Zimbabweans are survivors. They are enterprising, scheming, intelligent and as they are always telling anyone who can listen, they are one of the most literate people on the continent.
No matter what life has thrown their way they have found a way around it. Like a cat they always seem to land on their feet somehow.
Currently and for the past two years or so the most pressing stone in our shoes has been the liquidity crisis which has spawned the current cash crisis as people spent hours in queues trying to withdraw money from their bank accounts. Enterprising cash deals have resurfaced and are now back in business.
Apple Airpods pro
Flash drives and Sd cards
ACER Aspire 3
Linovo laptop think pad
Like all things the smart ones and the not so smart ones among us have already pondered the problem and presented the solutions:
- We need to make more extensive use of plastic money
- Introduce “bond notes”
While solution 2 has been met with fierce resistance everyone agrees with solution 1 in principle. More could be done in implementing this solution.
Recently I went into town to do my monthly shopping. While my bank is one of the few that still allows me to withdraw a decent living amount with little fuss I decided to investigate how well the promotion of plastic money is being carried out and suffice to say I was more than disappointed by the results.
While most retailers, clothes shops, and big utility providers now have Zimswitch enabled Point of Sale (POS) machines everyone else seemed to have missed the memo.
All the major wholesalers I visited did not have a Zimswitch enabled point of sale. This is despite the fact that some of these wholesalers have sales running into millions of dollars every month.
Gulf Complex is one of the most popular electronics mall in the capital. Here a congregation of informal traders sell various wares from cheap LED TVs, Decoders, phones, Tablets, HiFi systems, Solar Panels, inverters etc.
Despite the fact that it would boost their sales most of these will only take cash. Only a couple of them accept mobile money options like Ecocash and Telecash. The reason was,
Zvema bank accounts zviri risky mudhara. (Using bank accounts is risky)
As to why most retailers did not have a handheld POS machine one of the guys answered my question with a question. “Do you know where I can get one?”
I realised I did not have an answer to this question. You would be forgiven for thinking that given the current cash crisis these little hand held thingies would be selling faster than bananas.
My first port of call was to go back to my bank and make an inquiry since I had seen their machines in places.
After being directed to the information desk my question was met with a blank look. It seems the lady also had no idea. She said she would talk to her manager and get back to me. After leaving my details I am still waiting for a response.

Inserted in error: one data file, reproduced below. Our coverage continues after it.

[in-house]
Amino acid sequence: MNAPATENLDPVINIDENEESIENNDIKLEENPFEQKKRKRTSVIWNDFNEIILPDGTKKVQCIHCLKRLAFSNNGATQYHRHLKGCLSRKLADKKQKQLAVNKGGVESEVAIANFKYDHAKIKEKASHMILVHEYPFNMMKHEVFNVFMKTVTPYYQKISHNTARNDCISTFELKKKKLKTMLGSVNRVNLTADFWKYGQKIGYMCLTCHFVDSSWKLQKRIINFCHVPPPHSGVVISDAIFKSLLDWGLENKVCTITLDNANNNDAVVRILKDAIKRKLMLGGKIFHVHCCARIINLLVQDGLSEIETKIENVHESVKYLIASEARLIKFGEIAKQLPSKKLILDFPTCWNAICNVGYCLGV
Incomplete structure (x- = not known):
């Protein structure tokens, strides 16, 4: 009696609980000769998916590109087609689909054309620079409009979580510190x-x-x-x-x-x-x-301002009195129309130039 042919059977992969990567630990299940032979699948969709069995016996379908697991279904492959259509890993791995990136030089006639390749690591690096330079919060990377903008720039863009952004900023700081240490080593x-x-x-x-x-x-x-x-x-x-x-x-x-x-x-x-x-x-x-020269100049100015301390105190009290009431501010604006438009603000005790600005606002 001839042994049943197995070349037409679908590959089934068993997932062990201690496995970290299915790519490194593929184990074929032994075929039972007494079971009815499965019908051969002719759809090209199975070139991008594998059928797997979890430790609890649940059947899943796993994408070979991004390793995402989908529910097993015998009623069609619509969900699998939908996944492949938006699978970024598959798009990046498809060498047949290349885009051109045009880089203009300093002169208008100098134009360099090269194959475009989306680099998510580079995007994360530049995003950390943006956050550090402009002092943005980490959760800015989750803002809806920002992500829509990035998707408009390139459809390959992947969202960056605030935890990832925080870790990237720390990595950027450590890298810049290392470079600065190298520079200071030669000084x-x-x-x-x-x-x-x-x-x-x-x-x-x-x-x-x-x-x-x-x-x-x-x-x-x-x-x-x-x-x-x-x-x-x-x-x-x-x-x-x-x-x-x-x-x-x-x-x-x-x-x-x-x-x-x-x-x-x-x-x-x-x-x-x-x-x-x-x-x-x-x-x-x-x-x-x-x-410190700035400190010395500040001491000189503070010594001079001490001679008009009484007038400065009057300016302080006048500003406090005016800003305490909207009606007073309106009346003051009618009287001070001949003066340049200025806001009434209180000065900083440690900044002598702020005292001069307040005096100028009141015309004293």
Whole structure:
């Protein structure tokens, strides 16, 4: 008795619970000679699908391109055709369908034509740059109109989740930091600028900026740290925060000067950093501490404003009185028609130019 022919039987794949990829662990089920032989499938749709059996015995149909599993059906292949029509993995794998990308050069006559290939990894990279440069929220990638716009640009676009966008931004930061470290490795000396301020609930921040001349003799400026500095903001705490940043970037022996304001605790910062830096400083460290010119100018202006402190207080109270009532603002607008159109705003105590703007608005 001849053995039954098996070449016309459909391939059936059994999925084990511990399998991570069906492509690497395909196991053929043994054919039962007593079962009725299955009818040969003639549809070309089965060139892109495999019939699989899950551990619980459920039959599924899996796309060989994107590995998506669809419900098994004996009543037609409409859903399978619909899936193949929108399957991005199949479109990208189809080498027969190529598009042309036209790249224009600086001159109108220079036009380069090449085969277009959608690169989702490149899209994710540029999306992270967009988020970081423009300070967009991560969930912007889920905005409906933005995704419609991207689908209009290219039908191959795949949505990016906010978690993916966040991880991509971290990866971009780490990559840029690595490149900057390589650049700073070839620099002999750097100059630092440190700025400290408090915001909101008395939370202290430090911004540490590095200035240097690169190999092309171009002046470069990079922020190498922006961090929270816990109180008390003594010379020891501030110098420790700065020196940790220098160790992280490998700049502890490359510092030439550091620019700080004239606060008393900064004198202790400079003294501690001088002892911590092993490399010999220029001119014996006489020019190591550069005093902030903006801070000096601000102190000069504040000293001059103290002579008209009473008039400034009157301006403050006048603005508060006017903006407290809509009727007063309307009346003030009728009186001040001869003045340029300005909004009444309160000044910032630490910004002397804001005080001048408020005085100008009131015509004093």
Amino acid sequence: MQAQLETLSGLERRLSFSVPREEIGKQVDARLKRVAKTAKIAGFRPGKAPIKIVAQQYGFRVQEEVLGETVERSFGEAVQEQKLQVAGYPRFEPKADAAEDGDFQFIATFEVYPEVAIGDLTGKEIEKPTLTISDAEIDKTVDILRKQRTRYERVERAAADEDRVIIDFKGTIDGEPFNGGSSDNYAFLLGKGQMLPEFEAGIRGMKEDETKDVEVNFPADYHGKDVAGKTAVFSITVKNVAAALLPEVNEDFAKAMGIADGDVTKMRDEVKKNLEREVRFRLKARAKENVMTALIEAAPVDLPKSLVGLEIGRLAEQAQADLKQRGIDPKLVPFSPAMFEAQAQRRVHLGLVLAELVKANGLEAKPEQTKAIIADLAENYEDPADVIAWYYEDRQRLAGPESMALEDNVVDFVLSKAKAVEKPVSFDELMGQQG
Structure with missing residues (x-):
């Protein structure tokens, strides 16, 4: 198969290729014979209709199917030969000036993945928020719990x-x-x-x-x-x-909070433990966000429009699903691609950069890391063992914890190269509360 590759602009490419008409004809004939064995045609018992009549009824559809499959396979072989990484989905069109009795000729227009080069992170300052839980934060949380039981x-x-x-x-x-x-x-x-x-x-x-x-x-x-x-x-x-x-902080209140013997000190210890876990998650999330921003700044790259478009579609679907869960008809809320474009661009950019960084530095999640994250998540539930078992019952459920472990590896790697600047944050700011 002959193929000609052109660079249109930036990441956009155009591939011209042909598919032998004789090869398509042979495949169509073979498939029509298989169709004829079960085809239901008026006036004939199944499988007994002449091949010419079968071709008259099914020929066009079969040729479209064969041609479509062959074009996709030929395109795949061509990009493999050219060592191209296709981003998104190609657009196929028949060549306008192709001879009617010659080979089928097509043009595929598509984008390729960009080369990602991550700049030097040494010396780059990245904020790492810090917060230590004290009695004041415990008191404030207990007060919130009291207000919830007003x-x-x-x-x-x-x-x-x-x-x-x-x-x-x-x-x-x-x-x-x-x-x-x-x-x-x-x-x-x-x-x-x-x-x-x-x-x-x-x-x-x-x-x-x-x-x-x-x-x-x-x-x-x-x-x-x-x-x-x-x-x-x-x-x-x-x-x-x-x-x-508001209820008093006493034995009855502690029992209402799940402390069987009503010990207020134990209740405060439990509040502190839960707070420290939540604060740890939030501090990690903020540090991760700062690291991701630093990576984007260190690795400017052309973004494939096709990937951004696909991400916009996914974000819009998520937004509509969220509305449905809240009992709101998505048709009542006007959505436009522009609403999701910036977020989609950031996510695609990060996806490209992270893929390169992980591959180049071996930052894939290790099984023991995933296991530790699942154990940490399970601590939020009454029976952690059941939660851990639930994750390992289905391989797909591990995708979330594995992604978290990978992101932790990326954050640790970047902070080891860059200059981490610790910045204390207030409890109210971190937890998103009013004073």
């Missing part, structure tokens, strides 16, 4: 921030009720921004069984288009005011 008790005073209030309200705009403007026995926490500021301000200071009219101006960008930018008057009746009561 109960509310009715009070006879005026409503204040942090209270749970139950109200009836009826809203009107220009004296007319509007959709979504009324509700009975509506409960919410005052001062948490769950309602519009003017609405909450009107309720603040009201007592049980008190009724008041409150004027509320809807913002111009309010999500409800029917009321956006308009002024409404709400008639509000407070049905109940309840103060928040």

Since it was getting late I hopped into a kombi that as usual demanded its fare in cash. Upon arriving home I decided to engage in some amateur sleuthing. I called up Google my ever knowledgeable friend. I am very good at finding information, I think and what I discovered was quite puzzling.
Unless you are looking for thermal receipt printers and a run of the mill POS machine, finding a Zimswitch handheld POS machine is unnecessarily hard.
The banks did not make it easy. After getting in contact with loads of them and receiving promises that they would contact me directly I have zero responses to show for it. It kind of reminds me of my ill-fated attempts to find a job as a graduate several years ago.
It would seem while there is a concerted effort by various financial institutions to market their plastic money offerings no one seems bothered by the fact that there is still a limited number of places where you can use these cards anywhere.
Getting a card is like buying skiing equipment in Zimbabwe. Unless you find an ATM to stick into and hope there is money in it, you are not going to find much to do with it. I have a shiny two-year-old bank card to prove it.
More needs to be done to stem the current scourge without resorting to the nuke option that number 2 is:
- Financial institutions should make it easy for businesses to get a POS machine
- The government should lead the effort of promoting the use of plastic money on its many stations and newspapers
- The government tax on plastic money transactions should be scrapped. If I did not know better I would think the government was trying to dissuade people from using plastic money
- Rural outreach to encourage the rural population to make more use of plastic money
Right now it is rather too hard to find a POS machine that allows you to swipe. Maybe the enterprising spirit of Zimbabweans is finally broken?